One fixed-term (3.5 years) PhD position at King’s College London
The project will focus on the design of new efficient materials for thermoelectric energy conversion, of crucial importance to harvest waste heat into electricity, or to provide an eco-friendly cooling technology.
The PhD student will use advanced electronic structure methods (density functional theory and its quantum many-body extension, DMFT and GW) to predict structural, electronic and thermal properties at equilibrium, as well as state-of-the-art methodologies to simulate transport phenomena at a quantum mechanical level.
These methodologies will be applied to novel sulphide compounds, a family of ecofriendly semiconductors that displays a rich structural variety and non-trivial promising electrical and thermal transport properties. No consistent theory for this class of materials is currently available. The goal will be to guide the synthesis of efficient materials and lead to the design of a thermoelectric device.
The project will be carried out as part of a collaboration with experimentalists at QMUL, who are experts in synthesis and characterisation of thermoelectric materials. The project will also benefit from the support of experts in the field of sustainable technologies, such as Kennametal, Johnson & Matthey, European thermodynamics Ltd. The student will also benefit from interactions with the leading scientific software company Biovia. The successful candidate will be expected to liaise with the project partners.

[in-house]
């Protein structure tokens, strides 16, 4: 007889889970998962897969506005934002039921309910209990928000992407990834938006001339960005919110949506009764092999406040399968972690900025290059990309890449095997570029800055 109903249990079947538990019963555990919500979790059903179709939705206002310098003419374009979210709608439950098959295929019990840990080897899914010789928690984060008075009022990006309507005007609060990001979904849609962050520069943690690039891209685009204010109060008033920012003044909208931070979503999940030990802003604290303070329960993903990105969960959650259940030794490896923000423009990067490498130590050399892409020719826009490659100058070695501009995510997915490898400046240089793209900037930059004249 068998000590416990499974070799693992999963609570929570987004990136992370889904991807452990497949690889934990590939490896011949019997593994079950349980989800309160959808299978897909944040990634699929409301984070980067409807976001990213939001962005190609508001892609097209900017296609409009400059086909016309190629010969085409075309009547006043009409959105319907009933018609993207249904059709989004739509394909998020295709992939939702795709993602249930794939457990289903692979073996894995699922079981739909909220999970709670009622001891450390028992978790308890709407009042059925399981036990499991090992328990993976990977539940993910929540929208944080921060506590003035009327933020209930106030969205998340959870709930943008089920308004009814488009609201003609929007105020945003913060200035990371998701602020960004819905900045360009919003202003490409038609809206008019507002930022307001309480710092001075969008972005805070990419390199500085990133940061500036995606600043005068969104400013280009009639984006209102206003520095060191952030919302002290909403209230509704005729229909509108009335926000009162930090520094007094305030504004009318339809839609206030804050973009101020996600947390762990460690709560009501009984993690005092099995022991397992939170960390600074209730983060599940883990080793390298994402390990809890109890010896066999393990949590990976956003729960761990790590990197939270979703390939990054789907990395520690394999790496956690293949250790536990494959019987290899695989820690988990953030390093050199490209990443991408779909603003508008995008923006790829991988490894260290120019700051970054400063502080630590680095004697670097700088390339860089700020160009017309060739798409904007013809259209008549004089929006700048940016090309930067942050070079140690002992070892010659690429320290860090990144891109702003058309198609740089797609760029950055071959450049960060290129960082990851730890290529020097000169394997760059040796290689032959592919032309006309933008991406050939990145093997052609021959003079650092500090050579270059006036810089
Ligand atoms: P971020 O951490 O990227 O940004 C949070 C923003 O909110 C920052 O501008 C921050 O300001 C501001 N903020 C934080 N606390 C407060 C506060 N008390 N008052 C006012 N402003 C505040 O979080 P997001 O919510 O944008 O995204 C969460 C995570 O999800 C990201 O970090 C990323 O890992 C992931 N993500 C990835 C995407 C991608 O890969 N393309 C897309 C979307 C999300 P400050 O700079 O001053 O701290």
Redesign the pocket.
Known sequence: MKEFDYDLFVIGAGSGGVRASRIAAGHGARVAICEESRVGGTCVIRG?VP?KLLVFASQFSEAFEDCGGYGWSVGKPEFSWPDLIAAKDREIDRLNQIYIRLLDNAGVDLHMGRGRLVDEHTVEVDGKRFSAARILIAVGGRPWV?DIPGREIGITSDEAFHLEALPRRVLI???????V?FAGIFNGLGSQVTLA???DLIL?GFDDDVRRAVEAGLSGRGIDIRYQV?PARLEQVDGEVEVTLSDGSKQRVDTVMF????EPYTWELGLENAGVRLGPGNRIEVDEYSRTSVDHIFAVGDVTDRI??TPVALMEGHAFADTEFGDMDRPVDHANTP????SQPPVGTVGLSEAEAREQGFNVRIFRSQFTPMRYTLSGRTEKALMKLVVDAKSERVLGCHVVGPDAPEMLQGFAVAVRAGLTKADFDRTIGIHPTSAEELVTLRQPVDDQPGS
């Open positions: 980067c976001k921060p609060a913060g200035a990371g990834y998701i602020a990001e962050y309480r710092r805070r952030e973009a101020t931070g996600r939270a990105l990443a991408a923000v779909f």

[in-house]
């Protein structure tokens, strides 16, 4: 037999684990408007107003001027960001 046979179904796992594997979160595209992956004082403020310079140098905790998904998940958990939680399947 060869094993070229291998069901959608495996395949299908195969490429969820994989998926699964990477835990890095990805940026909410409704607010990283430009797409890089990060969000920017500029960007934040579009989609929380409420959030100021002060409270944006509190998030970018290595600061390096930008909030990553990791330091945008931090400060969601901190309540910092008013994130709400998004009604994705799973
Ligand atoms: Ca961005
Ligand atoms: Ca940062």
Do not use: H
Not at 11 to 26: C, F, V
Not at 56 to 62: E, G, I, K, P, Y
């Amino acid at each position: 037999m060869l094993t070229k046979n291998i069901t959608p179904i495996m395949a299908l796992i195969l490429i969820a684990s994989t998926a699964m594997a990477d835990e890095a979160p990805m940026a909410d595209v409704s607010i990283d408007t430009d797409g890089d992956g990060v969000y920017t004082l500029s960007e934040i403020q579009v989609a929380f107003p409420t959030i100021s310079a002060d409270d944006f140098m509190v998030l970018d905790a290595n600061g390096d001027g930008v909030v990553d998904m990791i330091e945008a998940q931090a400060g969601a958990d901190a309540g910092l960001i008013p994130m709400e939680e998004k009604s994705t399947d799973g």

The student should have a strong interest in some of the following topics: density functional theory, Green’s function, quantum many-body effects, quantum chemistry, non-equilibrium physics, emergent behavior.
Applicants must hold, or expect to receive, a first or upper second class honours degree (or equivalent) in Physics, Chemistry, Materials Sciences, or similar.
Applicants are encouraged to apply for this position by using the King’s College London on-line application system:
Please also send us a notification of your application by email.
For further information, please contact:
Dr Nicola Bonini ([email protected]
Starting PhD date: September 2016